Marion County Republican Executive Committee


I am the mother of 4 and the grandmother of 4. I love them dearly. So, why am I writing in opposition to the near total abortion ban that Governor DeSantis just signed into law? Because abortion is healthcare. Because abortion is a discussion between a woman and her doctor. Because access to abortion is supported by most Floridians.

The Republican-dominated Florida Legislature and Governor DeSantis have turned Florida into one of the most restrictive states in the country with regard to abortion. The ban they have passed and signed into law could prevent four million Floridian women of reproductive age from accessing abortion care after six weeks. The Republicans talk about freedom. The new abortion ban is not freedom. Rather, the ban ignores what the people of Florida want and wipes out reproductive rights that woman have had for more than 50 years.

Here in Ocala, it is not easy for a woman to get an abortion. If you do a website search for “abortion in Ocala,” you are directed to sites that do not perform abortions and do not refer for abortions. In fact, these sites use thinly disguised language to discourage abortions. If a woman in Ocala wants an abortion at a clinic, she has to travel to Gainesville, Orlando or Tampa. This presents enormous obstacles for anyone with limited resources. The abortion ban only will compound these obstacles as many women do not even know they are pregnant at 6 weeks. Perhaps our legislators need a refresher on woman’s menstrual cycles with all its irregularities, along with extenuating health issues.

The Biden administration is correct in calling the new abortion ban extreme and dangerous and out of step with the views of the vast majority of Floridians. I stand with the nearly 80,000 Democrats in Marion County on the side of reproductive freedom. Since polls show that about two-thirds of Floridians oppose the ban, then many No Party Affiliates and Republicans stand with us.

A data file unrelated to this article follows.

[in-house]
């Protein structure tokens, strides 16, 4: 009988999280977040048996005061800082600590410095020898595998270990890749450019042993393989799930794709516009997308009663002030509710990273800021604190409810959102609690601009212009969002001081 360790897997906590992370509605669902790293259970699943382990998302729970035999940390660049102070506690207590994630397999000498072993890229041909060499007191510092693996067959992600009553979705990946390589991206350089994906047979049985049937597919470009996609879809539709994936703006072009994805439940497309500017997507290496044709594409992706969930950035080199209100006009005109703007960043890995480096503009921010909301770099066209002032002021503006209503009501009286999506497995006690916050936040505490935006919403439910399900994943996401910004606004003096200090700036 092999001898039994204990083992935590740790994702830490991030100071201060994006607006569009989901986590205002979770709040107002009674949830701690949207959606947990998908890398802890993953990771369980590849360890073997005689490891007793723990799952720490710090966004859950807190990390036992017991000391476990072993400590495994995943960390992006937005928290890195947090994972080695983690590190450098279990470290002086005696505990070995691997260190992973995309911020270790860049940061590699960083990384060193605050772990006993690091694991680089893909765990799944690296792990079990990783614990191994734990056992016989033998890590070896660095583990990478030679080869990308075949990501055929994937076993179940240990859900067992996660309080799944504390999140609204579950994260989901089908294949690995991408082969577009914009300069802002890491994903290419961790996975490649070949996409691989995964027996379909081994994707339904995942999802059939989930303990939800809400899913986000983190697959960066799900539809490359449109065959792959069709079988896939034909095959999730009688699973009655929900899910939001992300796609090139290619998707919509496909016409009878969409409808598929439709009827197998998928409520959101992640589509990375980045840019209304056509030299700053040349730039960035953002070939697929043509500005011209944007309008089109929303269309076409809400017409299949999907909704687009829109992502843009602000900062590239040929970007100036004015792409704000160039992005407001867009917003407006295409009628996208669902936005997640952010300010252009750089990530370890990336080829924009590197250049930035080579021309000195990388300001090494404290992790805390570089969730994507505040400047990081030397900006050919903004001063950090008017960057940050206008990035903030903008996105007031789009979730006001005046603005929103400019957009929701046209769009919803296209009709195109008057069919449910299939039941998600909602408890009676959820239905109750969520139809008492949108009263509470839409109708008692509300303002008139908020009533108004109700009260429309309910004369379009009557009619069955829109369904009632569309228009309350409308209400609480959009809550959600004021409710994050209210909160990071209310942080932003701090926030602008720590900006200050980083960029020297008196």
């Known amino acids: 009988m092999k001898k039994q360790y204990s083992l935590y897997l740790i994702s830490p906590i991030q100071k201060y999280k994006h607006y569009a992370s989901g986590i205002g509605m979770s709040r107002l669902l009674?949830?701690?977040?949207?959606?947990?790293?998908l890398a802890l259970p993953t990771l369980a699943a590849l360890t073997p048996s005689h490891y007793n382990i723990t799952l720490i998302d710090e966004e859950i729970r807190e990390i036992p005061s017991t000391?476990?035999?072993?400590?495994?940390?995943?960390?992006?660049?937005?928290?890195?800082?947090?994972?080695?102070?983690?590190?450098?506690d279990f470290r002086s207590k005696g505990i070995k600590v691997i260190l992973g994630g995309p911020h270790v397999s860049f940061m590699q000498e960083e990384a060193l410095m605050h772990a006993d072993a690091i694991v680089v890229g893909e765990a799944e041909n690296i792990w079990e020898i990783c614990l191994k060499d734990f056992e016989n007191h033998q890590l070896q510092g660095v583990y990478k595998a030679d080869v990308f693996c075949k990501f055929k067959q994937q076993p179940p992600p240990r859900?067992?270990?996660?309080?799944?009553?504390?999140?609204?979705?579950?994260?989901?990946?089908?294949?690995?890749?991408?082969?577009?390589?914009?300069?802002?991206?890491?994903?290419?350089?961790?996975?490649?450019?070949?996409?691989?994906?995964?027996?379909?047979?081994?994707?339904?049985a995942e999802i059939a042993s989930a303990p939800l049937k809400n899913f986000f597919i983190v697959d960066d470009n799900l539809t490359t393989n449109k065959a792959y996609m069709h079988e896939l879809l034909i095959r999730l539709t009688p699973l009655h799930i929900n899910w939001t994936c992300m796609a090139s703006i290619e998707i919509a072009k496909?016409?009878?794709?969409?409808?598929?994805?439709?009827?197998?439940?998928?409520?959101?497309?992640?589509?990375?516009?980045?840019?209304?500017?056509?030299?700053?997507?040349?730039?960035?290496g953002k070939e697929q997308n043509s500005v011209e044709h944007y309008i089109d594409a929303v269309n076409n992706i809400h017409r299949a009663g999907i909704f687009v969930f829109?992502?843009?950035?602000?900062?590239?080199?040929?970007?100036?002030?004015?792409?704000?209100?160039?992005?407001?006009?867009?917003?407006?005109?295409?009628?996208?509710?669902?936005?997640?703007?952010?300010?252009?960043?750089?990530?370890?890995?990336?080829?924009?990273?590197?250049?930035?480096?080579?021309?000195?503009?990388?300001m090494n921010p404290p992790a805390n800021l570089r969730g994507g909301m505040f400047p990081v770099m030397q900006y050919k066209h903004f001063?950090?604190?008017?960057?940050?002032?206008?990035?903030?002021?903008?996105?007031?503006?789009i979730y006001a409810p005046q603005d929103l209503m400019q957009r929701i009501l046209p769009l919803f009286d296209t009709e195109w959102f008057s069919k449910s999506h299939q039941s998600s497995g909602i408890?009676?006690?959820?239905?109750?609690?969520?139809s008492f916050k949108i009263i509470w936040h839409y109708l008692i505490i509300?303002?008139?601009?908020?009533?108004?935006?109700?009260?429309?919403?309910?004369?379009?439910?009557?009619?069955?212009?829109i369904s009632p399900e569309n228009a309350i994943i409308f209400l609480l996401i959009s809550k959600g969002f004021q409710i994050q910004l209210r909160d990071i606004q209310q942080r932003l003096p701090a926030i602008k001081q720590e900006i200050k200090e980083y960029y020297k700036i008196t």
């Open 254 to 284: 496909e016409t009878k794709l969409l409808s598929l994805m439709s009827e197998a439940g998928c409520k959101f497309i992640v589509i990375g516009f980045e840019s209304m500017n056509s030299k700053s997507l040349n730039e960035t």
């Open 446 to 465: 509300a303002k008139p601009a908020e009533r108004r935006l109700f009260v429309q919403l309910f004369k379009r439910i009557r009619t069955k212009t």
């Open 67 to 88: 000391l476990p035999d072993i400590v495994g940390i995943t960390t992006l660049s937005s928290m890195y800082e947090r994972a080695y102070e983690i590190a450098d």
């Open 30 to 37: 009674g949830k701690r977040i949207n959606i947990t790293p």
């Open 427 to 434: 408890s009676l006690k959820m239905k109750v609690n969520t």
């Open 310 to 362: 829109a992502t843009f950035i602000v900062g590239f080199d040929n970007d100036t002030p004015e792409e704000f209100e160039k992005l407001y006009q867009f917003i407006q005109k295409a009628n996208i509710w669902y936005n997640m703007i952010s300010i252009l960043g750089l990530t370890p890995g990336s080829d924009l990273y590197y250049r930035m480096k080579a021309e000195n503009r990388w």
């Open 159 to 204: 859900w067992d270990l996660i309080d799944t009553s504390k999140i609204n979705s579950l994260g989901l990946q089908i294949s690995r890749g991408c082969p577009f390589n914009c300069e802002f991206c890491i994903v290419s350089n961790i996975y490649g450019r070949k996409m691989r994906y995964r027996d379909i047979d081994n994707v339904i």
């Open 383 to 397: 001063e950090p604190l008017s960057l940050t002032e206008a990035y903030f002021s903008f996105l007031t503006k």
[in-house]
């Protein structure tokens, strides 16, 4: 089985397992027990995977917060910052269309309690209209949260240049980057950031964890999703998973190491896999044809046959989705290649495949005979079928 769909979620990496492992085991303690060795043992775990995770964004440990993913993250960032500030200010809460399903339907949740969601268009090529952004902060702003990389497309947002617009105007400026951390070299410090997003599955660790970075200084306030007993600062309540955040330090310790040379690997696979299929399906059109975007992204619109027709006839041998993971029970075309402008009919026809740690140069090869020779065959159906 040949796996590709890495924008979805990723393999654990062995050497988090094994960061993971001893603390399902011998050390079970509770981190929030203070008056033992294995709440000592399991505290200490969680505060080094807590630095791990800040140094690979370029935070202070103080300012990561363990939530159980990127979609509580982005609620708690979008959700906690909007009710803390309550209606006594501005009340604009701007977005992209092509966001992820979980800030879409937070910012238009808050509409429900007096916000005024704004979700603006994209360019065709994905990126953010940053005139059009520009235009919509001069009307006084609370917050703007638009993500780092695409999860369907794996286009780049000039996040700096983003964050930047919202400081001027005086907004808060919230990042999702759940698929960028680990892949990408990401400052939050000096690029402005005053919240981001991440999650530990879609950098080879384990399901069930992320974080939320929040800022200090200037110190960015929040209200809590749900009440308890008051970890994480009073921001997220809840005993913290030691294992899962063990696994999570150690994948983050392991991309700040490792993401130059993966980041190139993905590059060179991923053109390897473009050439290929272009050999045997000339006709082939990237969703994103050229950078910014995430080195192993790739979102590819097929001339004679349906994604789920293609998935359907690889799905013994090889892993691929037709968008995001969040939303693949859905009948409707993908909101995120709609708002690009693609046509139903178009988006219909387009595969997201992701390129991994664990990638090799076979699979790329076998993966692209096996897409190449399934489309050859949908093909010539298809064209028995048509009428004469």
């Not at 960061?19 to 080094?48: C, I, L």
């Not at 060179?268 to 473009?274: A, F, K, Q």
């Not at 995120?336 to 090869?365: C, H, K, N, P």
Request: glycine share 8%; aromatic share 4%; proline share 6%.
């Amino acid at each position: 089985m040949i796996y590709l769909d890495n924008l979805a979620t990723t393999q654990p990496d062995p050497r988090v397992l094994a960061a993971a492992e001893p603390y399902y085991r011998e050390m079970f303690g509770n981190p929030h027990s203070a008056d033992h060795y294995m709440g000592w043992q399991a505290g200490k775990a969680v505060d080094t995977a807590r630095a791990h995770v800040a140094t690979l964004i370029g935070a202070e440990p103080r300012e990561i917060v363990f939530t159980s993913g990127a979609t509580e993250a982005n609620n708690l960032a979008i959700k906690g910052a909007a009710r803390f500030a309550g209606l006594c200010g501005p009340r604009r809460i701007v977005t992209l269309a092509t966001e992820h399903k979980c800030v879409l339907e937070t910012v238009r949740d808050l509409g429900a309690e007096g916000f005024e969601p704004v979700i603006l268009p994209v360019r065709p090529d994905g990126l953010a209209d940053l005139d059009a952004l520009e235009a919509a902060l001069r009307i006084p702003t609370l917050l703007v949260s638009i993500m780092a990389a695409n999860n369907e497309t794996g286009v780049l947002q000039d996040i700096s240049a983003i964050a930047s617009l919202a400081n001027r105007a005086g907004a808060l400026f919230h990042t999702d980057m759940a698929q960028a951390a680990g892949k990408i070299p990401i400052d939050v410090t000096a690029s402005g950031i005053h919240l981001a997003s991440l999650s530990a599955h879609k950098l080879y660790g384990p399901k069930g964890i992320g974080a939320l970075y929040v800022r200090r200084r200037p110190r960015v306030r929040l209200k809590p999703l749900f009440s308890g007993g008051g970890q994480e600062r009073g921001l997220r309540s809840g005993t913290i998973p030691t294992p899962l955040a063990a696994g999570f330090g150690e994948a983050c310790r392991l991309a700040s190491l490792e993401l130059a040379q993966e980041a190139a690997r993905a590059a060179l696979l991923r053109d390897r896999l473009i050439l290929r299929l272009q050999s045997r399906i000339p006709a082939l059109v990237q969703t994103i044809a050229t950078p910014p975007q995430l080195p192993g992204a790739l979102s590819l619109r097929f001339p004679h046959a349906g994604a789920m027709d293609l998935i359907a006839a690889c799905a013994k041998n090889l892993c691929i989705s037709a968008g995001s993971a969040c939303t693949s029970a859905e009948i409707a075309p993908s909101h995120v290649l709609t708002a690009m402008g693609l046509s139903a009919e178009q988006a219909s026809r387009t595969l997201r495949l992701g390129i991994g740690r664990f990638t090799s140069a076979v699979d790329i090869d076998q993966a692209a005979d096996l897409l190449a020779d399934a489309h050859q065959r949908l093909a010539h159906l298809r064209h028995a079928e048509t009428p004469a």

One more thing, it amazes me—in all this discussion—there is not a word about the male role in this process. Sex is not going away, so why are we not talking about PREVENTING pregnancies, thereby avoiding the need for abortions!  What about FREE vasectomies, what about FREE Plan B (the “morning after pill”) that helps prevent conception, and what about the many other methods of birth control. Think of all the heartbreak that could be spared by focusing on preventing pregnancies. There is a better way!

Diana Williams
Chair of the Marion County Democratic Executive Committee

On April 13, DeSantis, opting for a closed-door private ceremony in his office, surrounded by a few dozen, mostly white, women, announced his late-night signing of what is essentially a complete abortion ban.